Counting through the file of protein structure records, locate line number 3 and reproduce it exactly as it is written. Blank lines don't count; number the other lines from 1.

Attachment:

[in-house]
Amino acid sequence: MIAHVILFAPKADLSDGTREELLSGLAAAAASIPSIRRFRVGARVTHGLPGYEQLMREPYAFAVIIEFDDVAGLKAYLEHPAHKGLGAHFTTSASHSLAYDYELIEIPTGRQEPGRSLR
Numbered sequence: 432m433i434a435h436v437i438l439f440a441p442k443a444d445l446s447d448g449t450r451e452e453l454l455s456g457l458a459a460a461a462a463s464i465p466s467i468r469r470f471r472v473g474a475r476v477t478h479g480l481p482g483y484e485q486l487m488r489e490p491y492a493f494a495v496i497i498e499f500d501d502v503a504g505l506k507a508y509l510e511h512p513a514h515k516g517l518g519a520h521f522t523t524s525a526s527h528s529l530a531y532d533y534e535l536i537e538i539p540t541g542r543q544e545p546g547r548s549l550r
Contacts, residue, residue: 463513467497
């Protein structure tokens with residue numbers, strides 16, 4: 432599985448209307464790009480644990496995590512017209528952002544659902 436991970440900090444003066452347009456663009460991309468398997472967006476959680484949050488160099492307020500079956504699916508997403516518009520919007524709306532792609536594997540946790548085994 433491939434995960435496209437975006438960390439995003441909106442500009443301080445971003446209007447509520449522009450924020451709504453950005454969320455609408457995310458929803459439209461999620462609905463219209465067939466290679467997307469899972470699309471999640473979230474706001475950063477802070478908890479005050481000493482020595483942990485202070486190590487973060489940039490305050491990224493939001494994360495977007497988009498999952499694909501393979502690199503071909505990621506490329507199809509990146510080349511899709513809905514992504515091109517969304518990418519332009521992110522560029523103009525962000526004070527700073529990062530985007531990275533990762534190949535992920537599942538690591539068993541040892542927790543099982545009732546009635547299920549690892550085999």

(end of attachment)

Numbered sequence: 432m433i434a435h436v437i438l439f440a441p442k443a444d445l446s447d448g449t450r451e452e453l454l455s456g457l458a459a460a461a462a463s464i465p466s467i468r469r470f471r472v473g474a475r476v477t478h479g480l481p482g483y484e485q486l487m488r489e490p491y492a493f494a495v496i497i498e499f500d501d502v503a504g505l506k507a508y509l510e511h512p513a514h515k516g517l518g519a520h521f522t523t524s525a526s527h528s529l530a531y532d533y534e535l536i537e538i539p540t541g542r543q544e545p546g547r548s549l550r